Man dies after Lebanon economic protest turns violent

Man dies after Lebanon economic protest turns violent

Man dies after Lebanon economic protest turns violent

The country is seeing a financial collapse, with unprecedented inflation and a plunging Lebanese pound.

On Tuesday, a protester died and several were injured during clashes between the Lebanese army forces and demonstrators in the city of Tripoli, during protests denouncing the ongoing social and economic crisis in the country.

When mass protests erupted across Lebanon in October against perceived official graft and mismanagement, Tripoli fast became known as the "bride" of the street movement.

Army units had also carried out raids to arrest those suspected of setting one of its vehicles on fire during the protest and of attacking banks and ATMs, the agency said. The Lebanese pound has plummeted since last October, with the country sinking deeper into a financial crisis that has resulted in price hikes, fuelled unrest as well as locked depositors out of their U.S. dollar savings.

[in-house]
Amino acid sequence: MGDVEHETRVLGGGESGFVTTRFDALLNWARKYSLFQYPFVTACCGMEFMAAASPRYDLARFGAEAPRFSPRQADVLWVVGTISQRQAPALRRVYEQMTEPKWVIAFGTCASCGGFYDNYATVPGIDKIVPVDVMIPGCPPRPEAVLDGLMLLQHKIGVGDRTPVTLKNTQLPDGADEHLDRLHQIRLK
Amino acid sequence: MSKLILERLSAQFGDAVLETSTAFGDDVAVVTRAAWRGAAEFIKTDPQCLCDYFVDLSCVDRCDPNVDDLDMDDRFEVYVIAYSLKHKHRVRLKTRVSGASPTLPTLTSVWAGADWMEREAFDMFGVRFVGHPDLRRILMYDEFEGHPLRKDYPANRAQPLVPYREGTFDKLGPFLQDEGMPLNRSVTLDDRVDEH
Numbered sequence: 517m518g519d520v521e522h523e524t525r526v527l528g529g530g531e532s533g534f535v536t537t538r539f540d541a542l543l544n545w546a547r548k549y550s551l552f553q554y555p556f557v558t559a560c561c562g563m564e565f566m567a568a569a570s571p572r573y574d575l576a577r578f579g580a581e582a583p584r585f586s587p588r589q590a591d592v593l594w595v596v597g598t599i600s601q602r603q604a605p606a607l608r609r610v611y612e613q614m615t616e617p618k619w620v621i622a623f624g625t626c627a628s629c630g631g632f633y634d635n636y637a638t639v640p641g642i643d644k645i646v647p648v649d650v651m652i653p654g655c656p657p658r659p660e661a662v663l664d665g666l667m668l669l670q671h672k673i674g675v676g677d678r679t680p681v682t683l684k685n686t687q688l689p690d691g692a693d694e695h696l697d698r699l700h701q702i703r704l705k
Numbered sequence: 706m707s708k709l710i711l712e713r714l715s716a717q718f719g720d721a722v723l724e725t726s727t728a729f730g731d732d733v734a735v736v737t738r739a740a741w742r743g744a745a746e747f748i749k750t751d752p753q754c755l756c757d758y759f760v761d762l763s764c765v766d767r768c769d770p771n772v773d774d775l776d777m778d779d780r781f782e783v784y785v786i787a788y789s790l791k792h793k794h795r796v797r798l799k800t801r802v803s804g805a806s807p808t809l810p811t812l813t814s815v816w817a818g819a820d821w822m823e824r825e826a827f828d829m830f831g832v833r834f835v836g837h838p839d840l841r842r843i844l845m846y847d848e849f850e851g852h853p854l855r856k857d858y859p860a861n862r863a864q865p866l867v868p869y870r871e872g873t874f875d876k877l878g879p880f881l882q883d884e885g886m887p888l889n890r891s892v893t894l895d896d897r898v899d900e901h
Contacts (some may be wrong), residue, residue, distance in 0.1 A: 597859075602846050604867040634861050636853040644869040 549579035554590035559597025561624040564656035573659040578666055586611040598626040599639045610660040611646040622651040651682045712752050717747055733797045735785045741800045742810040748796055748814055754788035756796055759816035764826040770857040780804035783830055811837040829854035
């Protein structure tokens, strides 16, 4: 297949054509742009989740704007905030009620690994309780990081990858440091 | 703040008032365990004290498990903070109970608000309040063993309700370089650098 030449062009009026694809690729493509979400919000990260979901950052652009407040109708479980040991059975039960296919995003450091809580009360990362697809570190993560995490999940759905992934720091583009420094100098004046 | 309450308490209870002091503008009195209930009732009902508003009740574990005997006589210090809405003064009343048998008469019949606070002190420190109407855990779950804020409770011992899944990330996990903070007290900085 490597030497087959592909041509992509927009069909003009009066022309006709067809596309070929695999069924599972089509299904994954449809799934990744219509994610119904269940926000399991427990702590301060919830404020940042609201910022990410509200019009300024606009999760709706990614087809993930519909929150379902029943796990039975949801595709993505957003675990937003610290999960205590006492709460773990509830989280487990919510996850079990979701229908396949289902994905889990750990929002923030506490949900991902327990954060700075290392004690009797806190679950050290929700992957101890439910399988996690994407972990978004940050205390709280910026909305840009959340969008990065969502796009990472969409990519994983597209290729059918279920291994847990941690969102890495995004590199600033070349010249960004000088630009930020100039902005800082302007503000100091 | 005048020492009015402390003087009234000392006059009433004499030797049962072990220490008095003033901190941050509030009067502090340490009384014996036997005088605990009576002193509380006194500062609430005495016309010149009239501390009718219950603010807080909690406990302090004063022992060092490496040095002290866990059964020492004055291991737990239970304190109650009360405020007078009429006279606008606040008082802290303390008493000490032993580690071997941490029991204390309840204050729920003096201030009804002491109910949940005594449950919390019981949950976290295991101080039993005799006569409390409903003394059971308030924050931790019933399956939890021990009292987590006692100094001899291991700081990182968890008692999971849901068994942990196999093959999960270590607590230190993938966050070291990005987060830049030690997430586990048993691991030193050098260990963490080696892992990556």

Lebanon is facing its worst economic crisis since the 1975-1990 civil war, now compounded by a nationwide lockdown to stem the spread of the coronavirus.

Prime Minister Hassab Diab on Thursday voiced skepticism over Central Bank Governor Riad Salameh's latest remarks about the lira exchange rate.

Protesters are furious over the rapid slide of the Lebanese pound, which has plummeted in value by more than 50 percent since last summer.

Lebanese banks, many of which are owned by prominent politicians, have since September imposed restrictions on dollar withdrawals and transfers, forcing the public to deal in the nose-diving Lebanese pound.

"My salary is barely enough for me and my small family", said Alaa Khodr, a 34-year-old protester from Tripoli, who fears he may lose his job at an NGO "at any moment".

The banking association declared all banks in Tripoli shut from Tuesday until security is restored, saying they had been targeted in "serious attacks and rioting".

Since 17 October, 2019, Lebanon has witnessed popular protests, as demonstrators demanded political and economic reforms.

In the southern city of Sidon, protesters threw stones and fire crackers at the central bank headquarters late Monday, state media said.

The attack came a day after Prime Minister Hassan Diab said Lebanese bank deposits had plunged $5.7 billion in the first two months of the year, despite curbs on withdrawals and a ban on transfers overseas.

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